The failure to replace dangerous Grenfell-style cladding three years after the tragedy is "disgraceful", Boris Johnson has admitted.
The prime minister was asked during prime minister's questions on Wednesday what steps the government was taking to replace unsafe cladding on high-rise buildings, following as series of delays and criticism by watchdogs.
Ministers promised over a year ago that it would fund the replacement of cladding on high-rise private residential buildings, but many residents are still waiting for action.
Labour MP for Vauxhall Florence Eshalomi said the delay was leading hundreds of leaseholders across her consistencies "unable to sell or remortgage their properties".
The prime mister replied: "I am aware of this problem of people facing real disadvantage, leaseholders and others, because of the unsafe cladding still on their buildings.
"I think it is disgraceful, and both ACM and HPL cladding should, in my view, come off as fast as possible and we are investing massively to achieve that as fast we can. I sincerely appreciate the problem that she raises."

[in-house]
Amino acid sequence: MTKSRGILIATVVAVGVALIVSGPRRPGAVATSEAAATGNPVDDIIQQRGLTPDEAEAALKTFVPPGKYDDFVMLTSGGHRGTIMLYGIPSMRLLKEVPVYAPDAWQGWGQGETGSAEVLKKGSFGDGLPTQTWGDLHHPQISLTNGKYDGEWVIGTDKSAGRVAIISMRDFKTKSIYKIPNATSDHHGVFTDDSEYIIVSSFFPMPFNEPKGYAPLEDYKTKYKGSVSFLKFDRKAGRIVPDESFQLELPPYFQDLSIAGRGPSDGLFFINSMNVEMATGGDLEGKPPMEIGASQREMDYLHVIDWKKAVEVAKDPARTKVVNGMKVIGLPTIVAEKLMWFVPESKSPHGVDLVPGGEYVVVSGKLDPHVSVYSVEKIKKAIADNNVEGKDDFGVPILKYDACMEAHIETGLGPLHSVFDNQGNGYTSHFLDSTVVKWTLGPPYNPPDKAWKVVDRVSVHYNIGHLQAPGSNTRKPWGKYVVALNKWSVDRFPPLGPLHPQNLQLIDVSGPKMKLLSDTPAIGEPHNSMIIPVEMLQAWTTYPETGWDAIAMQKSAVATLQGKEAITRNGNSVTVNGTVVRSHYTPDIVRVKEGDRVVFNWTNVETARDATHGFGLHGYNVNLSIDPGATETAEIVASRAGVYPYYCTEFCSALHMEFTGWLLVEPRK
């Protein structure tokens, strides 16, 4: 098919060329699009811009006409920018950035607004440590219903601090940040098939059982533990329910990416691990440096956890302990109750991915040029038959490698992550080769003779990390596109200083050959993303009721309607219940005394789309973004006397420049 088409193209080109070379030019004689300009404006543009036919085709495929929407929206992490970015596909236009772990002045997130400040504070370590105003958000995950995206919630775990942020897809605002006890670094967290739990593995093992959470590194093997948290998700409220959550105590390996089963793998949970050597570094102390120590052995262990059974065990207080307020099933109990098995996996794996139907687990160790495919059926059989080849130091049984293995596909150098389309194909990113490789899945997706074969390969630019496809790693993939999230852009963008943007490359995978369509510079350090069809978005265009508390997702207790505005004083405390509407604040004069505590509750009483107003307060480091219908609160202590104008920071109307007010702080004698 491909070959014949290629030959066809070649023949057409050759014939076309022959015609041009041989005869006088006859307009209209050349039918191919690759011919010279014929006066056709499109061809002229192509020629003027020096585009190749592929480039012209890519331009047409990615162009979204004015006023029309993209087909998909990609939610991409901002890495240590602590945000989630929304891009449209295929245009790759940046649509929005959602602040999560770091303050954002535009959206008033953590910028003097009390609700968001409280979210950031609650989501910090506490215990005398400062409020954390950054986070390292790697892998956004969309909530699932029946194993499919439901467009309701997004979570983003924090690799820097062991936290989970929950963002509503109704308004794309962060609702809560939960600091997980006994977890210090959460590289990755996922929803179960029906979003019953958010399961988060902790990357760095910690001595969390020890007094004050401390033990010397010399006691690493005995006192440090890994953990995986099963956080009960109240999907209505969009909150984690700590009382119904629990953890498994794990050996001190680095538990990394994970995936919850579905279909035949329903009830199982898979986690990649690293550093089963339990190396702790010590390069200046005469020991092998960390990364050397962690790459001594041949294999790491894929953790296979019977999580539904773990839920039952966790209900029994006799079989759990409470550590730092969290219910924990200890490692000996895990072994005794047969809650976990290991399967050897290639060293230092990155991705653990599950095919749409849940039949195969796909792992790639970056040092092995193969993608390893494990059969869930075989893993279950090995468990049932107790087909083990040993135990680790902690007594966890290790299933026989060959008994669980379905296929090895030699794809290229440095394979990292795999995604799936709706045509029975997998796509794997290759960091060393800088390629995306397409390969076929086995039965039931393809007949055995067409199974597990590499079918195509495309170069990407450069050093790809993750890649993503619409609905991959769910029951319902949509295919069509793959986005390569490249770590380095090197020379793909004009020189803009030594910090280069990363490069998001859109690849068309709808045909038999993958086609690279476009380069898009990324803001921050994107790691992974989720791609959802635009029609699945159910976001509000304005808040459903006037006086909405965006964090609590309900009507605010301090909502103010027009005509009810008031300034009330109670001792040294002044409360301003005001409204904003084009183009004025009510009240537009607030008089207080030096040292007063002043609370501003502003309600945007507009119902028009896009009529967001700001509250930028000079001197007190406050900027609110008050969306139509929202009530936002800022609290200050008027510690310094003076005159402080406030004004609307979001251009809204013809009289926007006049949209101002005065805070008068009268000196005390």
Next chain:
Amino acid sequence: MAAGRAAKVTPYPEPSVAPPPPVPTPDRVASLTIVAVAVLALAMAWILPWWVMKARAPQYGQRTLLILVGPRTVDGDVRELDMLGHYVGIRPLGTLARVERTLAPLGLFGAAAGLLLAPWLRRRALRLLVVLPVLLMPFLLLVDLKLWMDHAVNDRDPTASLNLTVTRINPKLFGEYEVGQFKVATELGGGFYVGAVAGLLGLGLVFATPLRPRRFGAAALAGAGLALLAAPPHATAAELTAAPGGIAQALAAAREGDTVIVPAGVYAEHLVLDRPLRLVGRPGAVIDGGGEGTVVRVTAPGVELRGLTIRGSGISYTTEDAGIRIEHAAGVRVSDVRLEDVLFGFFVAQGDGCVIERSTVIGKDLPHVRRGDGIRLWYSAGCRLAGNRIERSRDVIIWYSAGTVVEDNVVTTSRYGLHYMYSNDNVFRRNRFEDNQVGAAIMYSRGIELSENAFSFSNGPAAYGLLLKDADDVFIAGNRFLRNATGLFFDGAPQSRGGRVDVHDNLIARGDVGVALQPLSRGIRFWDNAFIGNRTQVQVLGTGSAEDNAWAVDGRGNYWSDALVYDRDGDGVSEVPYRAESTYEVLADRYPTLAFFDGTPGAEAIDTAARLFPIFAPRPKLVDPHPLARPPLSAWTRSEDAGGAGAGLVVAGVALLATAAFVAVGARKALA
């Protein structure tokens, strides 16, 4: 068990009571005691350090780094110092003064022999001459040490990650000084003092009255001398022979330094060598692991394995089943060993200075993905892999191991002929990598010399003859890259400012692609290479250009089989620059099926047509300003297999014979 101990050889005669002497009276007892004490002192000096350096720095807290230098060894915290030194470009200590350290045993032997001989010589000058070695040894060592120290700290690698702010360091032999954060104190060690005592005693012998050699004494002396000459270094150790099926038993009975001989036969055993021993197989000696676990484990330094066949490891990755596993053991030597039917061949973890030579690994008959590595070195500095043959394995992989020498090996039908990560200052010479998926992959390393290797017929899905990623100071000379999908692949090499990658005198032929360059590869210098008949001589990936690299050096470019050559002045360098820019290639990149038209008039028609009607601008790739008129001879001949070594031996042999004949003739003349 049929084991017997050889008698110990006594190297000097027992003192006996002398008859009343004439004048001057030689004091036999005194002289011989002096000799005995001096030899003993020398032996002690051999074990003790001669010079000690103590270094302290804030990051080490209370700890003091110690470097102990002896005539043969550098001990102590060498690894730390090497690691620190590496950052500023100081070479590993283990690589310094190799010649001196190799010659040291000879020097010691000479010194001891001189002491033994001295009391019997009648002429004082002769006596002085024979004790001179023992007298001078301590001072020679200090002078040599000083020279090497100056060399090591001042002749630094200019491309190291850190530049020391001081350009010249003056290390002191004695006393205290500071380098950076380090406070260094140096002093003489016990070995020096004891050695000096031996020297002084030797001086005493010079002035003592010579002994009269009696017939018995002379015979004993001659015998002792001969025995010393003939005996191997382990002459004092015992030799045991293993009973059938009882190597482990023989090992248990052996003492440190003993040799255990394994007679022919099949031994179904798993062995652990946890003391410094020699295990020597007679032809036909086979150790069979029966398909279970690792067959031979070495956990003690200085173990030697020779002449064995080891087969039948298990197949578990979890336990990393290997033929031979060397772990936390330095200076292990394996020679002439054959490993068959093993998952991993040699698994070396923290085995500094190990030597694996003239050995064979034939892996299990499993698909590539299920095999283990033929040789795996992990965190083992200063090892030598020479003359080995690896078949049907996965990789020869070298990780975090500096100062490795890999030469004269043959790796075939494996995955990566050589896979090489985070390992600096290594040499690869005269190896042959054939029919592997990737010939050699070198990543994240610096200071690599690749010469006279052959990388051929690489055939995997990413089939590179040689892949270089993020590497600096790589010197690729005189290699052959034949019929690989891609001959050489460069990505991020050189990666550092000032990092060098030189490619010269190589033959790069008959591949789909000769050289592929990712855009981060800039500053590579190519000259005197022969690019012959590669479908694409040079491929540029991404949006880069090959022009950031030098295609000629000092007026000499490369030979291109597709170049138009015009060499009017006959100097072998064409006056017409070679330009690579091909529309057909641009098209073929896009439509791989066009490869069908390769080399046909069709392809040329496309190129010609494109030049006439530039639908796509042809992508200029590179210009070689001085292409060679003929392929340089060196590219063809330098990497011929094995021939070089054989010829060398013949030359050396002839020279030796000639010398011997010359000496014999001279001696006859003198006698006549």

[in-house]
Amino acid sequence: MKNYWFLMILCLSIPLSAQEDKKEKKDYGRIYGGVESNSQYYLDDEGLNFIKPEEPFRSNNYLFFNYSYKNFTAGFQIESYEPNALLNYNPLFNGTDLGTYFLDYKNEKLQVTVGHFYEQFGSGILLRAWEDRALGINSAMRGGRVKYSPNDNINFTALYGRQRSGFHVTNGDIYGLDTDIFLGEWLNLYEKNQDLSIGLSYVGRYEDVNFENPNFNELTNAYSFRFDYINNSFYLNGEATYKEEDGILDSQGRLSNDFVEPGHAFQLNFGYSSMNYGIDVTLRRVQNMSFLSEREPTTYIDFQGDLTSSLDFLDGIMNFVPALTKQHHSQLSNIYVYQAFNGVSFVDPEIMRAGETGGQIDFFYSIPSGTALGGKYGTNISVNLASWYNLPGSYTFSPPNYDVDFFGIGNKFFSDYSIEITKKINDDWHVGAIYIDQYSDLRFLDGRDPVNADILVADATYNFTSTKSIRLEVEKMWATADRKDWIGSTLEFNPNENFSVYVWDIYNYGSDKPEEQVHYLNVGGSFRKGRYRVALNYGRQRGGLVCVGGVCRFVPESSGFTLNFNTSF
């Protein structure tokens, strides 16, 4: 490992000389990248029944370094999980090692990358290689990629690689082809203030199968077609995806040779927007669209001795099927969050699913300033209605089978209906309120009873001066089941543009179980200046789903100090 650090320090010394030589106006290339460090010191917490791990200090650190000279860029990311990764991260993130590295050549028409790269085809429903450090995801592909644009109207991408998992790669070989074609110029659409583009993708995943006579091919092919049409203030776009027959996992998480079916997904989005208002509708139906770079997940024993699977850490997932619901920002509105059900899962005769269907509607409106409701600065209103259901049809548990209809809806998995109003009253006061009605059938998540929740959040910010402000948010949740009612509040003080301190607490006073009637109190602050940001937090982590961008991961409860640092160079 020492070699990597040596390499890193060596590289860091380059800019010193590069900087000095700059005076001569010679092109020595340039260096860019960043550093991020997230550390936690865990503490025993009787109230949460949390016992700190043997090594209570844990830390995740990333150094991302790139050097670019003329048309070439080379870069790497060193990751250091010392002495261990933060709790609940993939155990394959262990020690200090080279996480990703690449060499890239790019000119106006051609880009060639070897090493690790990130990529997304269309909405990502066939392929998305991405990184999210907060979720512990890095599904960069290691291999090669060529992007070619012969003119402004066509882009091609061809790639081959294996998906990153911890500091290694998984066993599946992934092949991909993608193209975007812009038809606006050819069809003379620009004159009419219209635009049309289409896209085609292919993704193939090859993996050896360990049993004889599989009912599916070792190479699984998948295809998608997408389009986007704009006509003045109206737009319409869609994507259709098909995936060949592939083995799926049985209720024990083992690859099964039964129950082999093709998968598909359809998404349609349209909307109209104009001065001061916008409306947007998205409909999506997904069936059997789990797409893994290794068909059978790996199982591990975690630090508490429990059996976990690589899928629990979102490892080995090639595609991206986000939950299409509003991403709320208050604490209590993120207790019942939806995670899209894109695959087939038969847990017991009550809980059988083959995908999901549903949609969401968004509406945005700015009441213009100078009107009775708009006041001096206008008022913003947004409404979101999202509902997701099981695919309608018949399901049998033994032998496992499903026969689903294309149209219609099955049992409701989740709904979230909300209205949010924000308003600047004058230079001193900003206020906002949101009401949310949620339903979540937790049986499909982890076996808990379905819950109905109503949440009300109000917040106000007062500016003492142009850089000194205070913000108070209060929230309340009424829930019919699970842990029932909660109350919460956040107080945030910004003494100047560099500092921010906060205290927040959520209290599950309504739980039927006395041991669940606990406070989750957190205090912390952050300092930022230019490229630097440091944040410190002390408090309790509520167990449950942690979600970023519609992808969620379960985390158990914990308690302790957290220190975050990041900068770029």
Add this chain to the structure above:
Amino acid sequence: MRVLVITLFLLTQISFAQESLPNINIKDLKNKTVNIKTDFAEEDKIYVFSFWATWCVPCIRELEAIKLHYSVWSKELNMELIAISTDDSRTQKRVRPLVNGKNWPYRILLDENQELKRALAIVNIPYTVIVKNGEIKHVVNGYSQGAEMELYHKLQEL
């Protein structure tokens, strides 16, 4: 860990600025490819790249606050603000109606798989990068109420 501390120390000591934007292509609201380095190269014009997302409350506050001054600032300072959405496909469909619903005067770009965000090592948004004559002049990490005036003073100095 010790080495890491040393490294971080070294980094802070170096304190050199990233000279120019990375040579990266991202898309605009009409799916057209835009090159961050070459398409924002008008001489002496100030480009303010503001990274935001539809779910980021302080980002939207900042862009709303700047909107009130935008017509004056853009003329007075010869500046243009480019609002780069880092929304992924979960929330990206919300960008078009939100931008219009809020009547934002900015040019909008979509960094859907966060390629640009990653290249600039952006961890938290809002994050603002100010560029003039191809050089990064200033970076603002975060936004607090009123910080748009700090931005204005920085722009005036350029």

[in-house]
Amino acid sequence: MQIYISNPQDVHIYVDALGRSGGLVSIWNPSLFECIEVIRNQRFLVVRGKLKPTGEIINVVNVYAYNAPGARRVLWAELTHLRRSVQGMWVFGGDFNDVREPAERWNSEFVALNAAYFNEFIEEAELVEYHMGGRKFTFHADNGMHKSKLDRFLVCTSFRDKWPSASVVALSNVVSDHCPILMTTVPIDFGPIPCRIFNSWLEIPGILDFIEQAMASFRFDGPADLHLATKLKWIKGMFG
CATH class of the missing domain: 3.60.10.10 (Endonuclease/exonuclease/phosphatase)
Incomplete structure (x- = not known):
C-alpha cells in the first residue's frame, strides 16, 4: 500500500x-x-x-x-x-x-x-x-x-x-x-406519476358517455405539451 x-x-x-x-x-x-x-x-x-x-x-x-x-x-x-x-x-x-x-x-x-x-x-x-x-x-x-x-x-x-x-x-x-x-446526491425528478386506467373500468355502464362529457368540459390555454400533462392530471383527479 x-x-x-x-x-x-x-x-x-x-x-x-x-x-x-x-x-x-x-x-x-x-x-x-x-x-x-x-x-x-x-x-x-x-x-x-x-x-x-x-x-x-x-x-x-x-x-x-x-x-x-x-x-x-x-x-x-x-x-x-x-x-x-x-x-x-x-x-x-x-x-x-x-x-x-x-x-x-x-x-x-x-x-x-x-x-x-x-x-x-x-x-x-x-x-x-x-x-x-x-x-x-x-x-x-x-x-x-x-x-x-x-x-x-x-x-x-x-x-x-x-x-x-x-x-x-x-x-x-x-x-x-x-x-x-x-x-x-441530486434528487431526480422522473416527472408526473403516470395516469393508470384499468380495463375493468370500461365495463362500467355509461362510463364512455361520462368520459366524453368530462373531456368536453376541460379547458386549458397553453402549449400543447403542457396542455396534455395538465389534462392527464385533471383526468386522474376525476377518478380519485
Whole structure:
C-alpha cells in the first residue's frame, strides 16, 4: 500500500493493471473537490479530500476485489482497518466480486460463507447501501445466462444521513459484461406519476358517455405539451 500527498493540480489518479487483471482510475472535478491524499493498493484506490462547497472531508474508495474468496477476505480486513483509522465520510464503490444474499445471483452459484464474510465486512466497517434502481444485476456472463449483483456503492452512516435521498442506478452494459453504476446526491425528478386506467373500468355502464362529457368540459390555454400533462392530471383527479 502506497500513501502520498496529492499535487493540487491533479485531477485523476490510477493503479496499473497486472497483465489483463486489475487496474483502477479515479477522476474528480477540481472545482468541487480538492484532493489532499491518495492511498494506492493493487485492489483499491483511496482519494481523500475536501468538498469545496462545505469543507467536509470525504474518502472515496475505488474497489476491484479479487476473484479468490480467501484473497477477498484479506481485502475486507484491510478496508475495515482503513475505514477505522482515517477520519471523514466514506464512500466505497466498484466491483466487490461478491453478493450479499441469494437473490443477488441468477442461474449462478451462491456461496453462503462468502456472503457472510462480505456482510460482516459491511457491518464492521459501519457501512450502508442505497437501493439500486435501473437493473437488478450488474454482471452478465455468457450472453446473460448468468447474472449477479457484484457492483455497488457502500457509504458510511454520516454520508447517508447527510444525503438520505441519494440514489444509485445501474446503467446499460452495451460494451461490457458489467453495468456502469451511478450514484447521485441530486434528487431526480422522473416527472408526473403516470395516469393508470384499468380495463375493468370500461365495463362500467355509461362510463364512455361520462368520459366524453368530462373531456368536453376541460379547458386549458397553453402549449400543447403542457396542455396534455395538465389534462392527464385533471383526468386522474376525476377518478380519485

In May 2019 the government said it would provide £200 million funding to speed up cladding replacement hundreds of millions of pounds for for 170 privately-owned towers.
But rules for a further £1 billion cladding replacement fund unveiled in May this year excluded a number of buildings with combustible cladding that were previously assumed to be covered.
In some cases, leaseholders are known to have taken out loans worth tens of thousands of pounds to make their buildings safe in advance of assumed government cash.
The National Audit Office warned in June that the government was falling well behind on its promise to replace dangerous cladding.
The watchdog warned that “the pace of progress has lagged behind [the government’s] own expectations, particularly in the private residential sector”. It added that the government “It has a long way to go to make all high-rise buildings safe for residents.”